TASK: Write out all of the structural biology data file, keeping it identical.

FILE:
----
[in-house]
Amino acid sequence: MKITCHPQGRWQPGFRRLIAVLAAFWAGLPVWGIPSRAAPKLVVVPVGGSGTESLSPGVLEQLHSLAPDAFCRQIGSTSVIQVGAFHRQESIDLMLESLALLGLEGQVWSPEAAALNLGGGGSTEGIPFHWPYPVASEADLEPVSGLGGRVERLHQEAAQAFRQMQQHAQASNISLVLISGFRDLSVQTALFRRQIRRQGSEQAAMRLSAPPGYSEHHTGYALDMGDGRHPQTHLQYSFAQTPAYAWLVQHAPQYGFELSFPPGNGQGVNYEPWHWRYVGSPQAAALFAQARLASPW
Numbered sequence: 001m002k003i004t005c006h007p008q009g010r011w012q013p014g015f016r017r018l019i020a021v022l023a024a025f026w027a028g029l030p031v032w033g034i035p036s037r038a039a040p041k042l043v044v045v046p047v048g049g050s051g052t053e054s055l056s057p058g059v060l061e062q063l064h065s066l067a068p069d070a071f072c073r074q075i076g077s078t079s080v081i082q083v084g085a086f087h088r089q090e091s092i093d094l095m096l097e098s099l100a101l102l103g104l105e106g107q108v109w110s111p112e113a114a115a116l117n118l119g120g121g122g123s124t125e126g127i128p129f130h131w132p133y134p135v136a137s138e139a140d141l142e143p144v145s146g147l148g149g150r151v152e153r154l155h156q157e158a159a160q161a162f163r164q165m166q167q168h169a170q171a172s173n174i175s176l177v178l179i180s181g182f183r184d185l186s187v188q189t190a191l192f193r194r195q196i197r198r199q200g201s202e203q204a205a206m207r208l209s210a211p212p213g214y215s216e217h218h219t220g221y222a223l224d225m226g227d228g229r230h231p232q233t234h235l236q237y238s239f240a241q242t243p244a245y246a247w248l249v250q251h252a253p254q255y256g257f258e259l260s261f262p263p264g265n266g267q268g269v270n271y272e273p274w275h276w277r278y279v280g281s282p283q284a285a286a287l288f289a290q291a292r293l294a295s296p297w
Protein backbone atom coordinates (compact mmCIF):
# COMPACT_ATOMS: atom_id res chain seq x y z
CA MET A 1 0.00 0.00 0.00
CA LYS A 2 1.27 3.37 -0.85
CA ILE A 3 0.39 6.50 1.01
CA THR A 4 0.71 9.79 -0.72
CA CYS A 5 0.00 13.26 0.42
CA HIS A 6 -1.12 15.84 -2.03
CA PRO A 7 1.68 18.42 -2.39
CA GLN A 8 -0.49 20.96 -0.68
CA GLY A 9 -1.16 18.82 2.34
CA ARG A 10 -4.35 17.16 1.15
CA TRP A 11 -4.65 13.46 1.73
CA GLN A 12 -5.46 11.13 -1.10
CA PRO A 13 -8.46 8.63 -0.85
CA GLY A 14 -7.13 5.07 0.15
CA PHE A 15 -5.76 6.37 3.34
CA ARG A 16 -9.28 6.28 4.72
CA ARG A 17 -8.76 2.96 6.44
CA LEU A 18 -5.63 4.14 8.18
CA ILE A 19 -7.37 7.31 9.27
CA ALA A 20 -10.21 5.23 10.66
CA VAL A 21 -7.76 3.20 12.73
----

[in-house]
Amino acid sequence: MKITCHPQGRWQPGFRRLIAVLAAFWAGLPVWGIPSRAAPKLVVVPVGGSGTESLSPGVLEQLHSLAPDAFCRQIGSTSVIQVGAFHRQESIDLMLESLALLGLEGQVWSPEAAALNLGGGGSTEGIPFHWPYPVASEADLEPVSGLGGRVERLHQEAAQAFRQMQQHAQASNISLVLISGFRDLSVQTALFRRQIRRQGSEQAAMRLSAPPGYSEHHTGYALDMGDGRHPQTHLQYSFAQTPAYAWLVQHAPQYGFELSFPPGNGQGVNYEPWHWRYVGSPQAAALFAQARLASPW
Numbered sequence: 001m002k003i004t005c006h007p008q009g010r011w012q013p014g015f016r017r018l019i020a021v022l023a024a025f026w027a028g029l030p031v032w033g034i035p036s037r038a039a040p041k042l043v044v045v046p047v048g049g050s051g052t053e054s055l056s057p058g059v060l061e062q063l064h065s066l067a068p069d070a071f072c073r074q075i076g077s078t079s080v081i082q083v084g085a086f087h088r089q090e091s092i093d094l095m096l097e098s099l100a101l102l103g104l105e106g107q108v109w110s111p112e113a114a115a116l117n118l119g120g121g122g123s124t125e126g127i128p129f130h131w132p133y134p135v136a137s138e139a140d141l142e143p144v145s146g147l148g149g150r151v152e153r154l155h156q157e158a159a160q161a162f163r164q165m166q167q168h169a170q171a172s173n174i175s176l177v178l179i180s181g182f183r184d185l186s187v188q189t190a191l192f193r194r195q196i197r198r199q200g201s202e203q204a205a206m207r208l209s210a211p212p213g214y215s216e217h218h219t220g221y222a223l224d225m226g227d228g229r230h231p232q233t234h235l236q237y238s239f240a241q242t243p244a245y246a247w248l249v250q251h252a253p254q255y256g257f258e259l260s261f262p263p264g265n266g267q268g269v270n271y272e273p274w275h276w277r278y279v280g281s282p283q284a285a286a287l288f289a290q291a292r293l294a295s296p297w
Protein backbone atom coordinates (compact mmCIF):
# COMPACT_ATOMS: atom_id res chain seq x y z
CA MET A 1 0.00 0.00 0.00
CA LYS A 2 1.27 3.37 -0.85
CA ILE A 3 0.39 6.50 1.01
CA THR A 4 0.71 9.79 -0.72
CA CYS A 5 0.00 13.26 0.42
CA HIS A 6 -1.12 15.84 -2.03
CA PRO A 7 1.68 18.42 -2.39
CA GLN A 8 -0.49 20.96 -0.68
CA GLY A 9 -1.16 18.82 2.34
CA ARG A 10 -4.35 17.16 1.15
CA TRP A 11 -4.65 13.46 1.73
CA GLN A 12 -5.46 11.13 -1.10
CA PRO A 13 -8.46 8.63 -0.85
CA GLY A 14 -7.13 5.07 0.15
CA PHE A 15 -5.76 6.37 3.34
CA ARG A 16 -9.28 6.28 4.72
CA ARG A 17 -8.76 2.96 6.44
CA LEU A 18 -5.63 4.14 8.18
CA ILE A 19 -7.37 7.31 9.27
CA ALA A 20 -10.21 5.23 10.66
CA VAL A 21 -7.76 3.20 12.73